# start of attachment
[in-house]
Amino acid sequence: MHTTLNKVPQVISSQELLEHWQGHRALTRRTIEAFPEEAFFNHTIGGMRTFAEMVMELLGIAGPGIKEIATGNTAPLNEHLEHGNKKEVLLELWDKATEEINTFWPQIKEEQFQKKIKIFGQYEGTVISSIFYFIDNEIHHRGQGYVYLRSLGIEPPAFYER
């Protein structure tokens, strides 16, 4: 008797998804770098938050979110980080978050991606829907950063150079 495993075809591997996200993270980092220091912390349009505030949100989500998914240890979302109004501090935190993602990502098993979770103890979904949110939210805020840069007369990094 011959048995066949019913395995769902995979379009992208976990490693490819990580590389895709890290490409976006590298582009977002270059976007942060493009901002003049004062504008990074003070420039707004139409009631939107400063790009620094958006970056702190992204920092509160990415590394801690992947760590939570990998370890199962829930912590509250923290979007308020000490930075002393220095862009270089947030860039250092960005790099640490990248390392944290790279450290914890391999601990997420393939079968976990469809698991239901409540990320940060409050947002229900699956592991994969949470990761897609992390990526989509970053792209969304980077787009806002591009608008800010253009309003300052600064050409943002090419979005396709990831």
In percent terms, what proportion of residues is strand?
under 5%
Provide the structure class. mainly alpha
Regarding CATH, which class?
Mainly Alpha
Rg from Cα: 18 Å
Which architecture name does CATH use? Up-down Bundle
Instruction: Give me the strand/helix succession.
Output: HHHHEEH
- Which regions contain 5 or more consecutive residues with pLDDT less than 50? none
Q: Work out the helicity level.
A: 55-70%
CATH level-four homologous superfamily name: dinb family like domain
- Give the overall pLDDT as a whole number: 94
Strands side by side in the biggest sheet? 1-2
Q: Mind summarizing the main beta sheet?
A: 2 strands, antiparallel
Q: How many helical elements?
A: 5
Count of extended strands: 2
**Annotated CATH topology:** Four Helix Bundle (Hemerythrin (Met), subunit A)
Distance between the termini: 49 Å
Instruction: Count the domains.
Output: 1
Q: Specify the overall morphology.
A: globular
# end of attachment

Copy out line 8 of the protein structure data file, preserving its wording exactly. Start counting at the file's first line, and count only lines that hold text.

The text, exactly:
Mainly Alpha